CDV of Actress Maud Branscombe, by highly noted New York photographer of the famous, particularly Broadway figures, Jose M. Mora. Identified mount recto with Mora's logo. It is a close shot with an interesting hat and effective studio lighting.
From online footlight notes: 'The Gascon [; or, Love and Loyalty], concerning which much evil report went forth after the initial performance [Olympic, 21 February 1876], is securing the success which we predicted for it, large audiences nightly assembling to enjoy and to applaud Mr Henry Neville's capital interpretation of the principal part. The drama is now preceded by that bright little comedietta called 'Twas I. The piece, which its unpretending little story wedded to some very sprightly music, was it may be remembered, presented some time ago as an operetta at the Gaiety; and at the Olympic it seems likely to create general interest and to secure general approval. Pretty Miss Maude Branscombe [sic] now represents Georgette, the village damsel, who is a candidate for the floral crown to be presented to the fair one who has been chary of her favours, and who has never given a kiss to anybody of the opposite sex, even during the period of courtship, and very charmingly does she play the part. Miss Branscombe's personal attractions have hitherto been her passport to public favour, and we were pleased to find that, intrusted with such a part as this, she was capable of doing it full justice. Mrs ['Granny'] Stephens was Mother Mag, that talkative, meddlesome busybody whose determination to stir up strife and to promote discord ends in her being drummed out of the village. Mr Lytton Sothern made a good representative of Dolorme, the young farmer whose admiration for his pretty cousin so nearly loses her the prize desired; and Mr Albert Bernard proved highly diverting as Marcel, the country lad and Georgette's lover, who, in the words ''Twas I.' takes upon himself the burden of many sins not his own. The remaining parts were supported by Messrs Winstanley and St. Alban; Miss Hope, Miss Beaumont, &c.'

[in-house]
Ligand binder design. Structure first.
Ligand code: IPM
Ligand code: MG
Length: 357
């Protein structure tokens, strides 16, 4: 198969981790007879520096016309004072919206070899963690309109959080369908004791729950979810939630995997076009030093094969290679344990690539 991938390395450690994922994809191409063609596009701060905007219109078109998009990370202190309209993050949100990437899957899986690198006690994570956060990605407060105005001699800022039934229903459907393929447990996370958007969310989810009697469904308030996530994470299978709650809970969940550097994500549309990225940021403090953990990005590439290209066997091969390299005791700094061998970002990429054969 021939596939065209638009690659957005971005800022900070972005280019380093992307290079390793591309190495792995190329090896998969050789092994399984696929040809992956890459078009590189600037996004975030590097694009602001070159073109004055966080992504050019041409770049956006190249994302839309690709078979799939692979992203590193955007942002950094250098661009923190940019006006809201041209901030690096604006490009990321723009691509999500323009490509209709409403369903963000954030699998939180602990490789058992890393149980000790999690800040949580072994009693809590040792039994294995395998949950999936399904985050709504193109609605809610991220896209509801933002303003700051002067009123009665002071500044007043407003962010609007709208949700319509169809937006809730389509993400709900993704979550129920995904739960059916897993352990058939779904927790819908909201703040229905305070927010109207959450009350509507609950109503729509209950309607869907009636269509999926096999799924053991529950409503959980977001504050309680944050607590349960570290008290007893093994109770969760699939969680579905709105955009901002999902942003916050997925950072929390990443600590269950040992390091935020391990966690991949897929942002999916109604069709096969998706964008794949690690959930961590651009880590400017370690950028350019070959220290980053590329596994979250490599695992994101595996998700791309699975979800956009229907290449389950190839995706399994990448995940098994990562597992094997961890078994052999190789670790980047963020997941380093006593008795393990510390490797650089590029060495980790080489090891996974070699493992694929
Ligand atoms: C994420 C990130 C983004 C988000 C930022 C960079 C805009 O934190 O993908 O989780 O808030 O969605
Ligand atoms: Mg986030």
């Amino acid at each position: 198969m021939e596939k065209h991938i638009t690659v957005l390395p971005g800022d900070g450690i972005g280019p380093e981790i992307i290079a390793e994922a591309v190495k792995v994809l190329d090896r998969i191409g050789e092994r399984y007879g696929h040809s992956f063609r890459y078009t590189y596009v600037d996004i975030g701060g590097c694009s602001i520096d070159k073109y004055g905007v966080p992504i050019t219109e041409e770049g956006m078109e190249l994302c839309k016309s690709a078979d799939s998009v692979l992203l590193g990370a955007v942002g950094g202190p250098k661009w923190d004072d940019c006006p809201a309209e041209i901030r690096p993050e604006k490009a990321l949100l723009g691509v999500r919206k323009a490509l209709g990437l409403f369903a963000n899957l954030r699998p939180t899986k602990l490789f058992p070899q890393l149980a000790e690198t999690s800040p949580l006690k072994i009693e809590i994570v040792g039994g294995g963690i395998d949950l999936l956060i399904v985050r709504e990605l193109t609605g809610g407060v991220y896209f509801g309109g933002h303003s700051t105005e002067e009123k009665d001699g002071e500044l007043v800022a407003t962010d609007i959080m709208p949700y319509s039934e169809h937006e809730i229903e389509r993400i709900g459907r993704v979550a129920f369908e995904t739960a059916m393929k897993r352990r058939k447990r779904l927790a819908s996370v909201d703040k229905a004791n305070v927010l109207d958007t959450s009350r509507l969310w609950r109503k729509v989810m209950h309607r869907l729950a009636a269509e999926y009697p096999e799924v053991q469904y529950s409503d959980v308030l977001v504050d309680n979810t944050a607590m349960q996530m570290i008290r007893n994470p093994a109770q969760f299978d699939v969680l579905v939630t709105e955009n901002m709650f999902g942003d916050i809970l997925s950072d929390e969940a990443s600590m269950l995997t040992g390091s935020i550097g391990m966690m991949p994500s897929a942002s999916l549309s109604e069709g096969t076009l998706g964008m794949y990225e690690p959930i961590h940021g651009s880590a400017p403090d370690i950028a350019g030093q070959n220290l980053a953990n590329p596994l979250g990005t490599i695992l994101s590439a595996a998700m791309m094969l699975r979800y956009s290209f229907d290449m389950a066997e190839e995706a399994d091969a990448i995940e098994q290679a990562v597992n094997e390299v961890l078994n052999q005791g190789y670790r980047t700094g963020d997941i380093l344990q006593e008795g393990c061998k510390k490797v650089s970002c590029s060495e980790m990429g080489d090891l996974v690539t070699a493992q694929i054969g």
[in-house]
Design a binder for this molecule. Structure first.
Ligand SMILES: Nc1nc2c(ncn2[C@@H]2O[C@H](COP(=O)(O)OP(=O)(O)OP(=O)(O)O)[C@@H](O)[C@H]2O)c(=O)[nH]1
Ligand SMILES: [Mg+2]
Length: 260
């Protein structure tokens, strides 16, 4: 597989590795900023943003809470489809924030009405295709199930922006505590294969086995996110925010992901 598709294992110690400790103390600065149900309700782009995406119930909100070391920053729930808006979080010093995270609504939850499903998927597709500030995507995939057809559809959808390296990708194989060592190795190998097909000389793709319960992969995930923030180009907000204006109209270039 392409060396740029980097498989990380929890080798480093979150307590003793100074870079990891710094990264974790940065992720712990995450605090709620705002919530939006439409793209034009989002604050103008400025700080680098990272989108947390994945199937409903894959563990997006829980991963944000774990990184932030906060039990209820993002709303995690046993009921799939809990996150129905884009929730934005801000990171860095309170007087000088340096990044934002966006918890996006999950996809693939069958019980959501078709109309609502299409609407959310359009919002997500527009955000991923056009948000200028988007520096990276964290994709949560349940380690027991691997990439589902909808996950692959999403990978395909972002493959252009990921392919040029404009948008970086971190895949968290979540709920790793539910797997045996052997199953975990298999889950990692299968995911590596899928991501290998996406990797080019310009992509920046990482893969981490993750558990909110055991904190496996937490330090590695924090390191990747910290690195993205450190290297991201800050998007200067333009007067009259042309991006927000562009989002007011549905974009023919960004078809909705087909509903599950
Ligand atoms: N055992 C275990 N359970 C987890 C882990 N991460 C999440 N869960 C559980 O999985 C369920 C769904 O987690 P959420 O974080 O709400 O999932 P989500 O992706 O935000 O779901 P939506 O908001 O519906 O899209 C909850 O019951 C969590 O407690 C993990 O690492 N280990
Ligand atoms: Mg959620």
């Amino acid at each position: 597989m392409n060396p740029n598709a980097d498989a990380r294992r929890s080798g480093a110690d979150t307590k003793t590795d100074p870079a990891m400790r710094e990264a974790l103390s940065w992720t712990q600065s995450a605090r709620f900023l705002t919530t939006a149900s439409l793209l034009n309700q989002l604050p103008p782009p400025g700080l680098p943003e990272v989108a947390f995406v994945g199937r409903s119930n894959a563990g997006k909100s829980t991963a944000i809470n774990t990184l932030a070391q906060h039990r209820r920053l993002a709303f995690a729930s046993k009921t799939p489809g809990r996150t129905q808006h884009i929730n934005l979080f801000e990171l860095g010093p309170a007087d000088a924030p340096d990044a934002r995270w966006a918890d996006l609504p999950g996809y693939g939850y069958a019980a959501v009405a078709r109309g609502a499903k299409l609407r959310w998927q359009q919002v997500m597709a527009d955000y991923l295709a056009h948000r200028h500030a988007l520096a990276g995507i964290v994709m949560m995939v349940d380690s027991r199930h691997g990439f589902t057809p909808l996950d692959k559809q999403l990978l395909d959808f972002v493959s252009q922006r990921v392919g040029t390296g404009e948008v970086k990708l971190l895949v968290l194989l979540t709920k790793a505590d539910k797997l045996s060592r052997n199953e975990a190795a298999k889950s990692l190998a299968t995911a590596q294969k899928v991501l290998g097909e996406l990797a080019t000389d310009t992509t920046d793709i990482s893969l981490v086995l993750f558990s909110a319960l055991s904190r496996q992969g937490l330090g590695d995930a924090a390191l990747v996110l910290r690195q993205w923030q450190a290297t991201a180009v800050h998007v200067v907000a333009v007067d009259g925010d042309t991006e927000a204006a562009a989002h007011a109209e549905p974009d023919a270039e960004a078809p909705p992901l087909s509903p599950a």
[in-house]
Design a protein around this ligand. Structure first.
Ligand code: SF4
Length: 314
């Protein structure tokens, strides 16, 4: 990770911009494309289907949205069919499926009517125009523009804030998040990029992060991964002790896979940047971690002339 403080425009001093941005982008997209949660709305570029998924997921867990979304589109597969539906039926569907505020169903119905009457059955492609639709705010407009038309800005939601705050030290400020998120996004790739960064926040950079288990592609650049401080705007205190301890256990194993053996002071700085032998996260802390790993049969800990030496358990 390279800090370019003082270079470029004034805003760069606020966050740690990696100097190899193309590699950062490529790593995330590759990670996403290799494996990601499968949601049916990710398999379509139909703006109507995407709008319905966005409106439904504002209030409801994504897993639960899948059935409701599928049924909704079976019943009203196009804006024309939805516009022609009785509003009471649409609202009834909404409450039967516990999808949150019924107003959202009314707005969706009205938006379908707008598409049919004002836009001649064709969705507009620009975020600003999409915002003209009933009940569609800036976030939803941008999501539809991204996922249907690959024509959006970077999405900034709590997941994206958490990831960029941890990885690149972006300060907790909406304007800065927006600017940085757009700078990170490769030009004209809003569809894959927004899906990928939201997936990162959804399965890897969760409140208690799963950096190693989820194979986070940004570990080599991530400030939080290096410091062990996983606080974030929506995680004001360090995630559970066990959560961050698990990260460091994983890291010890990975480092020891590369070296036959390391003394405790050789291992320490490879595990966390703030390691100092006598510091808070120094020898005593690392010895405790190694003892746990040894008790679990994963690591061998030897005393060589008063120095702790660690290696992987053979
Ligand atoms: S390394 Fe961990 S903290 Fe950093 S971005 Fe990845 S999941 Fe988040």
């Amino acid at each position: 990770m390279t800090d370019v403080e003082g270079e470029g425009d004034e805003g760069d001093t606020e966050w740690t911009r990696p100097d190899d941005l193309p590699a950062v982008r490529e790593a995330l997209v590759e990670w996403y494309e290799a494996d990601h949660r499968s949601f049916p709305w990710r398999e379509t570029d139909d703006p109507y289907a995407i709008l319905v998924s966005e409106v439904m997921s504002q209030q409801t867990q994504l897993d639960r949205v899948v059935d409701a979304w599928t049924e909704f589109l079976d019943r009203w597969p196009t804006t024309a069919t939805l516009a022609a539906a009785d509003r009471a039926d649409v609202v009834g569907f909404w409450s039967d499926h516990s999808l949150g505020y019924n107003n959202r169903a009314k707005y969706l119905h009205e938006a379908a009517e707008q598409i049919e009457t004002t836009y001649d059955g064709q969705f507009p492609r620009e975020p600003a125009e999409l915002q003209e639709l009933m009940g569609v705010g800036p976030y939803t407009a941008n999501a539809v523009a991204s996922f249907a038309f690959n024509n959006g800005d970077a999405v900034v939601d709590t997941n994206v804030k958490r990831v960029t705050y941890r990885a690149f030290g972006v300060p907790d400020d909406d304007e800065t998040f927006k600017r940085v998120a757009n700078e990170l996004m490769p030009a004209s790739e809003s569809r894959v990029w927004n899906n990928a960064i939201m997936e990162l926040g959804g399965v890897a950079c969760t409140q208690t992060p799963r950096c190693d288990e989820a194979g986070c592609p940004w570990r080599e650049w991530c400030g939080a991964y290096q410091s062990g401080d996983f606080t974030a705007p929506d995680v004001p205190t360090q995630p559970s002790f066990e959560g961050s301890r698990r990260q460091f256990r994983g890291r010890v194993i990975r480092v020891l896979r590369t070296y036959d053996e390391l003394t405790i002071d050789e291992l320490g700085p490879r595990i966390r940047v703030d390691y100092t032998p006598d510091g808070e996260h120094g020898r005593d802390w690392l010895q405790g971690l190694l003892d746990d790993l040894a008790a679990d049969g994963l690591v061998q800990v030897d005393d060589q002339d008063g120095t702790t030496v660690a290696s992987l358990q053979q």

(The Era, London, Sunday, 12 March 1876, p.10a)
From the Taggart Collection. This wonderful collection celebrating the world of 19th century Theatre, Opera and Ballet was compiled by brothers Harry and William Taggart of Philadelphia in the last quarter of the 1800s. Though the collection consists mainly of cabinet cards (125+), some autographed, there are also several letters, advertising cards, commemorative programs and homemade items all pertaining to the Philadelphia and Broadway theatre. The brothers were the Editors and Publishers of Taggarts' Sunday Times which had offices at 819 Walnut Street in that city. On the masthead of the paper they billed themselves as, John H. Taggart's Sons. John was apparently a prominent correspondent with the Philadelphia Inquirer in the 1860s.
Performers who appeared at The Walnut Street Theatre, America's oldest theatre still in operation, appear throughout the collection, not a surprising fact given that the offices of Taggarts' Sunday Times was located on the same block. I've wondered if this collection would have even existed if the Sunday Times' office had been, say, on the 200 block of Walnut Street.
$100 No. 3339